In Chicago, for example, the more qualitative the teacher evaluation scheme, the more likely it wins acceptance from teacher’s unions. The Chicago Public Schools began a pilot program in 2007 in 43 elementary schools in which principals evaluate teachers on areas like classroom instruction and environment. Similar qualitative evaluations have been adopted in cities like Cincinnati and Denver with teacher union support. A recent study by the University of Chicago Consortium on School Research finds that teachers like the pilot program as a “formative tool” to improve principal-teacher feedback but not a “summative tool” to determine their pay or tenure. The Consortium’s Sarah Rae Stoelinga , who co-authored the study, says that teachers feel the current feedback is “hands down a more fair way than the status quo for teachers to get real information about their performance.”

That status quo is a “checklist” where a principal observes a teacher twice a year and them ranks them as “strong,” “weak” or “does not apply” in professional standards, instruction and classroom environment. Unlike the pilot program, the checklist provides no definition or criteria for judging a teacher strong or weak. But teachers remain reluctant to have these evaluations determine their pay and tenure, and they tend to oppose adding quantitative data on student performance to evaluations. “The timeline keeps getting pushed back to expand the program,” Stoelinga says. “The value added measures will be difficult to implement. It will be a challenge to get the Chicago Teacher’s Union on board.”

Future Merits

One aspect of merit pay that the Economic Policy Institute study struggled with is the fact that that while few professions have direct pay for performance, many have indirect forms of performance pay that teaching lacks. Top lawyers, for example, win more clients or move up in their law firms. The best sales clerks get assigned more hours by supervisors or get promoted. So, unlike many workers, teachers are usually not rewarded for good performance by increased responsibilities – or increased money. Their pay is usually based on seniority, on continuing education credits, and on what advanced degrees they have. Career advancement usually means the move to an administrative position, which moves teachers out of teaching. The University of Arkansas’s Gary Ritter points out another way good teachers are promoted — they are able to move from a bad school to a good school. “If I’m a teacher, I can’t be rewarded more money, but I can take an easier assignment,” Ritter says. “That’s exactly the wrong incentive to present to good teachers.”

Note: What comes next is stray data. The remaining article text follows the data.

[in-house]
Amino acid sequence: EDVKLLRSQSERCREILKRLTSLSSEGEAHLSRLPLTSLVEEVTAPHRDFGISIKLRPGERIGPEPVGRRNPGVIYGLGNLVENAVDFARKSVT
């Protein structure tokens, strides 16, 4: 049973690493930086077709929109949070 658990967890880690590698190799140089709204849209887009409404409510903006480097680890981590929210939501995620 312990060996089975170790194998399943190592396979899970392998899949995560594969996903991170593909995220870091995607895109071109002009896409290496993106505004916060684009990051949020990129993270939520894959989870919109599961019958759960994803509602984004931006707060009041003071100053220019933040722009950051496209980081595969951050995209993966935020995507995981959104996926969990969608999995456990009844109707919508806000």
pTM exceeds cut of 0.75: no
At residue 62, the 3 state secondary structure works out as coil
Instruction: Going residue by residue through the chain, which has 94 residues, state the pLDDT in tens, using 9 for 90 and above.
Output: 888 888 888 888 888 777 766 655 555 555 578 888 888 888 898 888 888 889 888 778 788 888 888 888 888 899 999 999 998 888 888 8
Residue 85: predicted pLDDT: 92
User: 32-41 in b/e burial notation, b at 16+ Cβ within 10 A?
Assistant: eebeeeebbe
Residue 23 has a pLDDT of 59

Merit pay could be the right incentive as part of a mix of educational programs that are both bold and modest. President Obama tends to favor an incremental approach — what the New Republic called a “nudge-ocracy” where instead of making sweeping overhauls, the administration proposes changing the incentives of a situation so actors behave differently. If used in this way – to nudge teachers to be more conscientious about their teaching and how their students are performing, merit pay could be a part of a broad national educational strategy: Washington provides an education mandate, but also money and flexibility so states can meet that mandate.

The first wave of Race to the Top funds will be handed out in early 2010. What bears monitoring is whether states will implement programs sensitive to teacher concerns and sophisticated in their use of both quantitative and qualitative data. Ultimately, the biggest test for merit pay won’t be current ideological battles, but if teacher quality and student performance indeed changes and school district have the intelligence and patience to carry the new policy through. “There are waves of change all the time,” Stoelinga says. “And we don’t know what the level of commitment will be – tune in next year.”


  1. hampton:

    great summary of a complex issue one might otherwise have missed. Do you have an opinion of your own on what the best consensus might be?

    comment at 08. September 2009